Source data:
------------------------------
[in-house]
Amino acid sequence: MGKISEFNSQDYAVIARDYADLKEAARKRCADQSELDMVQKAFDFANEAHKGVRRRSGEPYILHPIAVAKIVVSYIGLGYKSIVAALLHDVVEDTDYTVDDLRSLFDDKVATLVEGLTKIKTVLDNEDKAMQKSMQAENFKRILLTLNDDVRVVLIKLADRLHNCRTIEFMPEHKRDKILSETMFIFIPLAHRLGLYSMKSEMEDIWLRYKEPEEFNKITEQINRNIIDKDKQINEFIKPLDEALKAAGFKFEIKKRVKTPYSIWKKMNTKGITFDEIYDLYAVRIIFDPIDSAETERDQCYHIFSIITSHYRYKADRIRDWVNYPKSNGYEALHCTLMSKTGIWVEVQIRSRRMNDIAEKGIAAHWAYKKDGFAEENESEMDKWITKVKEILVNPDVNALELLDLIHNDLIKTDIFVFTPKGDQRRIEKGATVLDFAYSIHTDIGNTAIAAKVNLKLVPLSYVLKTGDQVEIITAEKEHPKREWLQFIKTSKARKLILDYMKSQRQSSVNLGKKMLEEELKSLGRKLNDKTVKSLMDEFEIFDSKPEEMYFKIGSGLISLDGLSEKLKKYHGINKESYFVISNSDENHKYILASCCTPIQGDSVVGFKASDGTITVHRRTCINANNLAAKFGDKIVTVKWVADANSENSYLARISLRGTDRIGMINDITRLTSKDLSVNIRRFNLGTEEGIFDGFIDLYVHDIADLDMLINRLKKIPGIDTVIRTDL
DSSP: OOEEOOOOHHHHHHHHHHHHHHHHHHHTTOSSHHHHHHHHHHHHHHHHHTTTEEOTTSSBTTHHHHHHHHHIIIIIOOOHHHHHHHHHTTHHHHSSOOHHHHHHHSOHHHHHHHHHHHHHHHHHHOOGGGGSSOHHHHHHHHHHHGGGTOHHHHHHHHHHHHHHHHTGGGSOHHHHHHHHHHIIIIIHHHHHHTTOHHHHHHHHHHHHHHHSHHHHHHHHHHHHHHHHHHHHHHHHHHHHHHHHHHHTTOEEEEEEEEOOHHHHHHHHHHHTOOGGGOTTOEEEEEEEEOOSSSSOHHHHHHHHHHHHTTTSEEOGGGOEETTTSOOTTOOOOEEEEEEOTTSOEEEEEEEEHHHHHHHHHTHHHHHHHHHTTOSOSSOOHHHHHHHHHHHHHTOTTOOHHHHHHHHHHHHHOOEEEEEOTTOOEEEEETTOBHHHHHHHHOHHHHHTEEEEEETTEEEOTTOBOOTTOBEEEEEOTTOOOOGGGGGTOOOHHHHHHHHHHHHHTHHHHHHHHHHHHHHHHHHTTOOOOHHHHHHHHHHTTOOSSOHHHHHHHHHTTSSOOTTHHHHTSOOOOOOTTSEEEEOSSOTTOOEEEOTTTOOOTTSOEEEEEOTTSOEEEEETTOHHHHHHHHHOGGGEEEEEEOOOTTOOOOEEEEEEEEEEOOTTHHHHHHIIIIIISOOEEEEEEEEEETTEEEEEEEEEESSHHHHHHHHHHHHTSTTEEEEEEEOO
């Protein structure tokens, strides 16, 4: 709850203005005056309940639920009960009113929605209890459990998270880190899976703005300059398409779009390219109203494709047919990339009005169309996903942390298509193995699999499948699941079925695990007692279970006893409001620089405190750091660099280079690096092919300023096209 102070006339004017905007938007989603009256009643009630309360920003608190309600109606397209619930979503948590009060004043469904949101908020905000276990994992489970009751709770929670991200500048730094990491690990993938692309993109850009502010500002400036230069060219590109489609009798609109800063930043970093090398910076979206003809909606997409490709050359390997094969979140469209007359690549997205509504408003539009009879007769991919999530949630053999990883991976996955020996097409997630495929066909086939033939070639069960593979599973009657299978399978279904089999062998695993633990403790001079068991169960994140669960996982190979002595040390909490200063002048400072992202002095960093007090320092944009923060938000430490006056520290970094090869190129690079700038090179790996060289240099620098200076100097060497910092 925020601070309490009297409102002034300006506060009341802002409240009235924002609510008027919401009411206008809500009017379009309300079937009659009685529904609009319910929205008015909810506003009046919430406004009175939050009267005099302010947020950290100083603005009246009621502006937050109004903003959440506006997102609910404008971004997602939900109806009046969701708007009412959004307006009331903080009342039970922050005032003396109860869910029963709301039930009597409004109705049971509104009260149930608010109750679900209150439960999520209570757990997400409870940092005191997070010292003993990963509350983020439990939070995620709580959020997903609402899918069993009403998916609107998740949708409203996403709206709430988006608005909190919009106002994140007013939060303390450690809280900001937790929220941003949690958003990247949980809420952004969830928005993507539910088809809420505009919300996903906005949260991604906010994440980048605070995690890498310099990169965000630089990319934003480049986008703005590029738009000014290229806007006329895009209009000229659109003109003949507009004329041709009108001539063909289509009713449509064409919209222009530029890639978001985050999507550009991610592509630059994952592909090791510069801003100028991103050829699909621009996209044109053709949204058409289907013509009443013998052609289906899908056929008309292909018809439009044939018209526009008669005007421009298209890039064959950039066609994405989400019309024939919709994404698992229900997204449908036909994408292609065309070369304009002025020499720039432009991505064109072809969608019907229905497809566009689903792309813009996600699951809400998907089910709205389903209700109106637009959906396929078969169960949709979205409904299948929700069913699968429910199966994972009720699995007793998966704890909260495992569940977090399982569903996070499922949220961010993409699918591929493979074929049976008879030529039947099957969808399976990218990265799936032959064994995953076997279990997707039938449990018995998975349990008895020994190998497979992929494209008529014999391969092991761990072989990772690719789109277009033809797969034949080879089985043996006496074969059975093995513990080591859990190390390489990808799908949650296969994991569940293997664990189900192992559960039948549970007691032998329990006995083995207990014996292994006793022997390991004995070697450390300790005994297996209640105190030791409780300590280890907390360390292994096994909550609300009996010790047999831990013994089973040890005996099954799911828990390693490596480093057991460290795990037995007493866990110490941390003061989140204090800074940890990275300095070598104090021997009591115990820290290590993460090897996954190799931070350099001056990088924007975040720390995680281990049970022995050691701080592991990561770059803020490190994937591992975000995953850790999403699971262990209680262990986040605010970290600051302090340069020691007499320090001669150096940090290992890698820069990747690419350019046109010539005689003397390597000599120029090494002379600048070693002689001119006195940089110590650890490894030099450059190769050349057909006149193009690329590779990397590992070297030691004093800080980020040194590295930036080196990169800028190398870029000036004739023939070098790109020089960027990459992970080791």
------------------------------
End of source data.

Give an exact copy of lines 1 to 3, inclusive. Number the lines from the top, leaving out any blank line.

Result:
[in-house]
Amino acid sequence: MGKISEFNSQDYAVIARDYADLKEAARKRCADQSELDMVQKAFDFANEAHKGVRRRSGEPYILHPIAVAKIVVSYIGLGYKSIVAALLHDVVEDTDYTVDDLRSLFDDKVATLVEGLTKIKTVLDNEDKAMQKSMQAENFKRILLTLNDDVRVVLIKLADRLHNCRTIEFMPEHKRDKILSETMFIFIPLAHRLGLYSMKSEMEDIWLRYKEPEEFNKITEQINRNIIDKDKQINEFIKPLDEALKAAGFKFEIKKRVKTPYSIWKKMNTKGITFDEIYDLYAVRIIFDPIDSAETERDQCYHIFSIITSHYRYKADRIRDWVNYPKSNGYEALHCTLMSKTGIWVEVQIRSRRMNDIAEKGIAAHWAYKKDGFAEENESEMDKWITKVKEILVNPDVNALELLDLIHNDLIKTDIFVFTPKGDQRRIEKGATVLDFAYSIHTDIGNTAIAAKVNLKLVPLSYVLKTGDQVEIITAEKEHPKREWLQFIKTSKARKLILDYMKSQRQSSVNLGKKMLEEELKSLGRKLNDKTVKSLMDEFEIFDSKPEEMYFKIGSGLISLDGLSEKLKKYHGINKESYFVISNSDENHKYILASCCTPIQGDSVVGFKASDGTITVHRRTCINANNLAAKFGDKIVTVKWVADANSENSYLARISLRGTDRIGMINDITRLTSKDLSVNIRRFNLGTEEGIFDGFIDLYVHDIADLDMLINRLKKIPGIDTVIRTDL
DSSP: OOEEOOOOHHHHHHHHHHHHHHHHHHHTTOSSHHHHHHHHHHHHHHHHHTTTEEOTTSSBTTHHHHHHHHHIIIIIOOOHHHHHHHHHTTHHHHSSOOHHHHHHHSOHHHHHHHHHHHHHHHHHHOOGGGGSSOHHHHHHHHHHHGGGTOHHHHHHHHHHHHHHHHTGGGSOHHHHHHHHHHIIIIIHHHHHHTTOHHHHHHHHHHHHHHHSHHHHHHHHHHHHHHHHHHHHHHHHHHHHHHHHHHHTTOEEEEEEEEOOHHHHHHHHHHHTOOGGGOTTOEEEEEEEEOOSSSSOHHHHHHHHHHHHTTTSEEOGGGOEETTTSOOTTOOOOEEEEEEOTTSOEEEEEEEEHHHHHHHHHTHHHHHHHHHTTOSOSSOOHHHHHHHHHHHHHTOTTOOHHHHHHHHHHHHHOOEEEEEOTTOOEEEEETTOBHHHHHHHHOHHHHHTEEEEEETTEEEOTTOBOOTTOBEEEEEOTTOOOOGGGGGTOOOHHHHHHHHHHHHHTHHHHHHHHHHHHHHHHHHTTOOOOHHHHHHHHHHTTOOSSOHHHHHHHHHTTSSOOTTHHHHTSOOOOOOTTSEEEEOSSOTTOOEEEOTTTOOOTTSOEEEEEOTTSOEEEEETTOHHHHHHHHHOGGGEEEEEEOOOTTOOOOEEEEEEEEEEOOTTHHHHHHIIIIIISOOEEEEEEEEEETTEEEEEEEEEESSHHHHHHHHHHHHTSTTEEEEEEEOO